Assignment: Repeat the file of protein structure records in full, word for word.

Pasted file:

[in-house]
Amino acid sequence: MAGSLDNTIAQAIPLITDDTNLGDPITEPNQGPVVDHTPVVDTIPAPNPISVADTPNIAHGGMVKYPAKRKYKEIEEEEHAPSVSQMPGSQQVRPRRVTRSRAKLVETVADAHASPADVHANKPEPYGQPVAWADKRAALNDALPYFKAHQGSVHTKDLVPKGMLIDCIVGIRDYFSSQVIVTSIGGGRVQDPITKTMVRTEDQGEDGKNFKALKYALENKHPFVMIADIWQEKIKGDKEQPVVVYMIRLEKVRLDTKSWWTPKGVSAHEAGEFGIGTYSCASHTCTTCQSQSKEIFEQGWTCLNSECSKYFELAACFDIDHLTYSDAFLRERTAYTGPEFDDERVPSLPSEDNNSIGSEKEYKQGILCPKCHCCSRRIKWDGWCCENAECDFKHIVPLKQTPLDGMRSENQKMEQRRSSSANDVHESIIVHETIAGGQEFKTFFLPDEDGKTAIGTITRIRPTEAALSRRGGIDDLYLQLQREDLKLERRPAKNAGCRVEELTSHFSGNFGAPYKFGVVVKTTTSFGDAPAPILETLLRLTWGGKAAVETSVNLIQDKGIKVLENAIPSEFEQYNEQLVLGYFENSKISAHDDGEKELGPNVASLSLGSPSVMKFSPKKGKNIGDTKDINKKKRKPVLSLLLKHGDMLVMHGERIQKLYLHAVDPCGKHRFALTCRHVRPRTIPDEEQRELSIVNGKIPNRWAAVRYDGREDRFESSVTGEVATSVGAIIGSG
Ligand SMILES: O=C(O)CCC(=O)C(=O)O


[in-house]
Amino acid sequence: MAGSLDNTIAQAIPLITDDTNLGDPITEPNQGPVVDHTPVVDTIPAPNPISVADTPNIAHGGMVKYPAKRKYKEIEEEEHAPSVSQMPGSQQVRPRRVTRSRAKLVETVADAHASPADVHANKPEPYGQPVAWADKRAALNDALPYFKAHQGSVHTKDLVPKGMLIDCIVGIRDYFSSQVIVTSIGGGRVQDPITKTMVRTEDQGEDGKNFKALKYALENKHPFVMIADIWQEKIKGDKEQPVVVYMIRLEKVRLDTKSWWTPKGVSAHEAGEFGIGTYSCASHTCTTCQSQSKEIFEQGWTCLNSECSKYFELAACFDIDHLTYSDAFLRERTAYTGPEFDDERVPSLPSEDNNSIGSEKEYKQGILCPKCHCCSRRIKWDGWCCENAECDFKHIVPLKQTPLDGMRSENQKMEQRRSSSANDVHESIIVHETIAGGQEFKTFFLPDEDGKTAIGTITRIRPTEAALSRRGGIDDLYLQLQREDLKLERRPAKNAGCRVEELTSHFSGNFGAPYKFGVVVKTTTSFGDAPAPILETLLRLTWGGKAAVETSVNLIQDKGIKVLENAIPSEFEQYNEQLVLGYFENSKISAHDDGEKELGPNVASLSLGSPSVMKFSPKKGKNIGDTKDINKKKRKPVLSLLLKHGDMLVMHGERIQKLYLHAVDPCGKHRFALTCRHVRPRTIPDEEQRELSIVNGKIPNRWAAVRYDGREDRFESSVTGEVATSVGAIIGSG
Ligand SMILES: O=C(O)CCC(=O)C(=O)O